Law enforcement has kept track of distinctive physical characteristics such as tattoos for a long time; they’re even documented among descriptions on vintage “Wanted” posters from past centuries. The skin art of anyone who has been in prison is likely tracked on the FBI’s Tattoo Recognition Database. Just because you have a clean arrest record doesn’t mean your personal embellishments are not part of the public record: Advanced tattoo recognition technology is being developed by the FBI in collaboration with government researchers. That funky design or graceful character that caught your eye may cause law enforcement to connect you with “gangs, sub-cultures, religious or ritualistic beliefs, or political ideology.”
12. Student loan payment status and payment history
It’s bad enough to be burdened with the millstone of student debt into the foreseeable future, but that information will also make its way onto your credit report, including details about your balance, payment schedule and whether you’ve fallen behind. Government agencies have access to your credit report. The Department of Education’s National Student Loan Data System tracks loan status, enrollment, contact information and more. In recent years, government agencies have become more efficient at sharing info with other departments, creating detailed “mosaic” portraits with aggregated data, which could include details culled from student loan forms.
13. Education history, including class enrollment
Attending a public school? There’s a good chance the government knows what classes you’re taking. If you’re ordering textbooks or tutorials online, that info can be shared, too, which would be a good tip off as to your curriculum. The Department of Education’s National Student Loan Data System likely has your course info, too. Not to worry, they only share it with “individuals that need the information to calculate your future aid eligibility, or to resolve questions about your loans or grants on a need-to-know basis.”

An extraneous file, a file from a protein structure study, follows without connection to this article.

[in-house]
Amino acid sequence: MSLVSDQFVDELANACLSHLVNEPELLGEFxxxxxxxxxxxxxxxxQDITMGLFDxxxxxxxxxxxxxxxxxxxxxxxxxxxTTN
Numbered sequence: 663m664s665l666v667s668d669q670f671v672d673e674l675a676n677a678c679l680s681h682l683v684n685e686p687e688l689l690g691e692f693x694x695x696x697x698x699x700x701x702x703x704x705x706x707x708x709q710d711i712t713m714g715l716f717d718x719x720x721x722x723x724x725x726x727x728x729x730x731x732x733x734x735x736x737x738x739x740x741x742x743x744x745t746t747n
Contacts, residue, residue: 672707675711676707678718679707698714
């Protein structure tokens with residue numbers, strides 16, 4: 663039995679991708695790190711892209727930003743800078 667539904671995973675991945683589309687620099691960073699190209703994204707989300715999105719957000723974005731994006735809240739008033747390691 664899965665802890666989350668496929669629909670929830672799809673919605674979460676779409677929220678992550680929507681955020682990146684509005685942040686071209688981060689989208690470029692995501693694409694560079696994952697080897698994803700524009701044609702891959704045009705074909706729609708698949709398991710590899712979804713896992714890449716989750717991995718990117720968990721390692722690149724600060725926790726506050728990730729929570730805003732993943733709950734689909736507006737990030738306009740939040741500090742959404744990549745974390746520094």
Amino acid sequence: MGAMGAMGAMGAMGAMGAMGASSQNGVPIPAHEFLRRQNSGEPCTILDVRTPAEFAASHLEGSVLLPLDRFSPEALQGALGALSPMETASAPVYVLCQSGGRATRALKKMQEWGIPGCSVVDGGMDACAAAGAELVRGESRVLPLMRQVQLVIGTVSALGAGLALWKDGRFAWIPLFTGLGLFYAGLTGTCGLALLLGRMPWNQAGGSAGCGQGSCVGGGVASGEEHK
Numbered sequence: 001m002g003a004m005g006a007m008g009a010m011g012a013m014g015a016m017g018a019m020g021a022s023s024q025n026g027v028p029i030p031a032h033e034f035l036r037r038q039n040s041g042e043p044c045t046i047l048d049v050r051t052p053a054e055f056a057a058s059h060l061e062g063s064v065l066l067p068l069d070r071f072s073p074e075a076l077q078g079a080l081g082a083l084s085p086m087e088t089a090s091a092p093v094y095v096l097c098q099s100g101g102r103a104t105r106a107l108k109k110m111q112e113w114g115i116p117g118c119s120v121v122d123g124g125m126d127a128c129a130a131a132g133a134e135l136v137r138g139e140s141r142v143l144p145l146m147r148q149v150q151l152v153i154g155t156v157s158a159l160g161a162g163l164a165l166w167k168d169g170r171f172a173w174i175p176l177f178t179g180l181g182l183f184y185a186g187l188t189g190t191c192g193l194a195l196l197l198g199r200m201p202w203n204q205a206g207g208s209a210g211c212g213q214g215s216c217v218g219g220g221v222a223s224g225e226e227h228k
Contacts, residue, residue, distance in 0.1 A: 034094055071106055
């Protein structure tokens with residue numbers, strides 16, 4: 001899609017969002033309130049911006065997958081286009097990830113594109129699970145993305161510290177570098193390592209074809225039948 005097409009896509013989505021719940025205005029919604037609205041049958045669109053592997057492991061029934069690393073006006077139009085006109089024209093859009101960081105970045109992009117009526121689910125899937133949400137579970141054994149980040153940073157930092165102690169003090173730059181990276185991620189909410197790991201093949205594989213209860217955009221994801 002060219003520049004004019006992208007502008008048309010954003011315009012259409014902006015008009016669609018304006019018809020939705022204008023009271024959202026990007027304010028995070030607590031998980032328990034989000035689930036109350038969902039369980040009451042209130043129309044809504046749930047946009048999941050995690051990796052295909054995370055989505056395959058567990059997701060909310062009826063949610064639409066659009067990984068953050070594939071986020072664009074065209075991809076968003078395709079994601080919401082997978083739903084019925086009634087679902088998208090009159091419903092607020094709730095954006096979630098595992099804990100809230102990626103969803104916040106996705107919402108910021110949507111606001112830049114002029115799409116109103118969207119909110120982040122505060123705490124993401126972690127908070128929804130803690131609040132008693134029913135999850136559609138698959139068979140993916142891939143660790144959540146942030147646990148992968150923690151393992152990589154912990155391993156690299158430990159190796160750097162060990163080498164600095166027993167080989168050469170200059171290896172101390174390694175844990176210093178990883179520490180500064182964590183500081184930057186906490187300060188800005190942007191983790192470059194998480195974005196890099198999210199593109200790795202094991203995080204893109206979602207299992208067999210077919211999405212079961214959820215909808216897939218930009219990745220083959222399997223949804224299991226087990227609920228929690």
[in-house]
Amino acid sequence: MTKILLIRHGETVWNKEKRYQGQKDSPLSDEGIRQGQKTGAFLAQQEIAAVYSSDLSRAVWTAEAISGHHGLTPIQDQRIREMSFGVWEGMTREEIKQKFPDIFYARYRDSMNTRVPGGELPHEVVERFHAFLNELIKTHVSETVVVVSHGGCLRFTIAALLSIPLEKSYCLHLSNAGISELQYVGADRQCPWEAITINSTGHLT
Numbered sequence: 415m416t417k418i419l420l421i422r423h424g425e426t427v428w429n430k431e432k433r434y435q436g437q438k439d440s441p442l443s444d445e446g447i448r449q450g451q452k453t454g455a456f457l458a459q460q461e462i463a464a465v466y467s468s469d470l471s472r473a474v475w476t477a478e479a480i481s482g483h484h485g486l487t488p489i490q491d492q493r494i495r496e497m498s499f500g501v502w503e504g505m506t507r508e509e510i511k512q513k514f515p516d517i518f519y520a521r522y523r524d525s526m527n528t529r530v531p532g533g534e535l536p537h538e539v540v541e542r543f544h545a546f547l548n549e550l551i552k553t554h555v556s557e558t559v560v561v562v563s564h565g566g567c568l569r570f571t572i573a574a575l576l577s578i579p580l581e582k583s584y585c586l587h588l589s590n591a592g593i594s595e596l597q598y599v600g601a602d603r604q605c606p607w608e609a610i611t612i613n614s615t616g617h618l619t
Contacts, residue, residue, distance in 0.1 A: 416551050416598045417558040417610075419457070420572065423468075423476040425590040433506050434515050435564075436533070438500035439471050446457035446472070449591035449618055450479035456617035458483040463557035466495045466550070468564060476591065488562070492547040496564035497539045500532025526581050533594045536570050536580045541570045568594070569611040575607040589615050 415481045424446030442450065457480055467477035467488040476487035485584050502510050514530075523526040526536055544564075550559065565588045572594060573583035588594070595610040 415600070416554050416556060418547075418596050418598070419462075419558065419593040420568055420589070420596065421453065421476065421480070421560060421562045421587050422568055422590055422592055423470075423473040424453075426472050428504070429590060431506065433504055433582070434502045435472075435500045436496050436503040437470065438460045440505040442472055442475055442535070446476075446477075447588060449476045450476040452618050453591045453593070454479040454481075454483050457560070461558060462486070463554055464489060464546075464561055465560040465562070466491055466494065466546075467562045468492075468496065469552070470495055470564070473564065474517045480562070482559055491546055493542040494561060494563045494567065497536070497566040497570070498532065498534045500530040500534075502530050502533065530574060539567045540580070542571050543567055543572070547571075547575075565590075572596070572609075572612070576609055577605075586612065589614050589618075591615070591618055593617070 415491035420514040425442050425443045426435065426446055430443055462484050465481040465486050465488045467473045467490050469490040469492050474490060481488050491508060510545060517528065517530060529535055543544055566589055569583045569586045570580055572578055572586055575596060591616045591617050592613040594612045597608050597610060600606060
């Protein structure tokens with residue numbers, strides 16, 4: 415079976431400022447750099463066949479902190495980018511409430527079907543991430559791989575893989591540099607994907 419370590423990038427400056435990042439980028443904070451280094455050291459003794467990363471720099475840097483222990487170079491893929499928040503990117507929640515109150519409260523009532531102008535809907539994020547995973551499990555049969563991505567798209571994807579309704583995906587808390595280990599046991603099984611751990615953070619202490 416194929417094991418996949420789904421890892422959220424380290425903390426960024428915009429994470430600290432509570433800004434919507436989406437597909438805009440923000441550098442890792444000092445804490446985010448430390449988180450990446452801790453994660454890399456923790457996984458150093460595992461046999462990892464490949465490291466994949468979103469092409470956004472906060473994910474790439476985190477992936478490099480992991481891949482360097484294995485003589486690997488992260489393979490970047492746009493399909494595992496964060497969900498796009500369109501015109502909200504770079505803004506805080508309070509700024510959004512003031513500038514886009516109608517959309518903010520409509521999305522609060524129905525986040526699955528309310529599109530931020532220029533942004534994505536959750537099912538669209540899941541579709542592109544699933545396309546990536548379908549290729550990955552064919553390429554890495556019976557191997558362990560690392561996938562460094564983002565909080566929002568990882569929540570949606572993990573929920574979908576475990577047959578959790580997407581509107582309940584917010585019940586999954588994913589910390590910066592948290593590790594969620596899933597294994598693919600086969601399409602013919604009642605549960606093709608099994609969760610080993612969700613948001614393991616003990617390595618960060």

14. Medical history, medications
The Social Security Administration keeps records of those enrolled in medicare, medicaid and those who have applied for disability benefits. OSHA, the Occupational Safety and Health Administration, is likely to be on the case if you have reported a workplace accident. We have all signed the HIPAA form at the doctor’s office, but that may not keep our medical info as confidential as you’d imagine. Law enforcement and child protection agencies, for example, may have access, though a subpoena may be required. Ordering medications online or even just searching for certain conditions and illnesses are likely to leave a traceable trail in browser histories, which ISPs and others have been known to share with law enforcement and government agencies such as the FBI and NSA. The government is also getting more efficient at inter-agency data sharing.
15. Books read, passages highlighted in e-readers
While e-book sellers such asAmazon may say in their privacy policies that they’ll only give up your private info if presented with a court order, technically there’s no law prohibiting them from sharing that data. If you’re reading on a Kindle or a companion app, Amazon knows what you’re reading, right down to what page you’re on, what you’ve highlighted, your favorite time of day for reading, and any notes you’ve made. It may be time to make friends with your local library. In all 50 states, a court order is usually required to access your library records. So far only a few states have similar protection for ebooks, so you may decide to make a policy of going straight to the hard copies and studying the old-school way.